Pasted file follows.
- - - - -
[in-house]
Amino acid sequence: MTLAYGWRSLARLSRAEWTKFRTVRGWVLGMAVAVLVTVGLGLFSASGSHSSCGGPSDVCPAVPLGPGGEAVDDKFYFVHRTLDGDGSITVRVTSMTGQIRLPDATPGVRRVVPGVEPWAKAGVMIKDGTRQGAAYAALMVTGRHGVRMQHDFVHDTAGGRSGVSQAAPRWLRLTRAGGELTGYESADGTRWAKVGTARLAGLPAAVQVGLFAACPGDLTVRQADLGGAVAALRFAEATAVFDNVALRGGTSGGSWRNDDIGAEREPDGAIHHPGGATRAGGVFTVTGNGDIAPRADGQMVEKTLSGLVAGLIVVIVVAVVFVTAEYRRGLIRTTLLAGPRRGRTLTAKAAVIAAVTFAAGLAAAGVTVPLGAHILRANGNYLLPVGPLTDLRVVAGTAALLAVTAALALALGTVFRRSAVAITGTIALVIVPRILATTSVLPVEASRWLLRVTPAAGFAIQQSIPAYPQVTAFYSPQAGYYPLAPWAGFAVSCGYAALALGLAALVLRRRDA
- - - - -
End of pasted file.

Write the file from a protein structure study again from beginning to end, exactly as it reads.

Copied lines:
[in-house]
Amino acid sequence: MTLAYGWRSLARLSRAEWTKFRTVRGWVLGMAVAVLVTVGLGLFSASGSHSSCGGPSDVCPAVPLGPGGEAVDDKFYFVHRTLDGDGSITVRVTSMTGQIRLPDATPGVRRVVPGVEPWAKAGVMIKDGTRQGAAYAALMVTGRHGVRMQHDFVHDTAGGRSGVSQAAPRWLRLTRAGGELTGYESADGTRWAKVGTARLAGLPAAVQVGLFAACPGDLTVRQADLGGAVAALRFAEATAVFDNVALRGGTSGGSWRNDDIGAEREPDGAIHHPGGATRAGGVFTVTGNGDIAPRADGQMVEKTLSGLVAGLIVVIVVAVVFVTAEYRRGLIRTTLLAGPRRGRTLTAKAAVIAAVTFAAGLAAAGVTVPLGAHILRANGNYLLPVGPLTDLRVVAGTAALLAVTAALALALGTVFRRSAVAITGTIALVIVPRILATTSVLPVEASRWLLRVTPAAGFAIQQSIPAYPQVTAFYSPQAGYYPLAPWAGFAVSCGYAALALGLAALVLRRRDA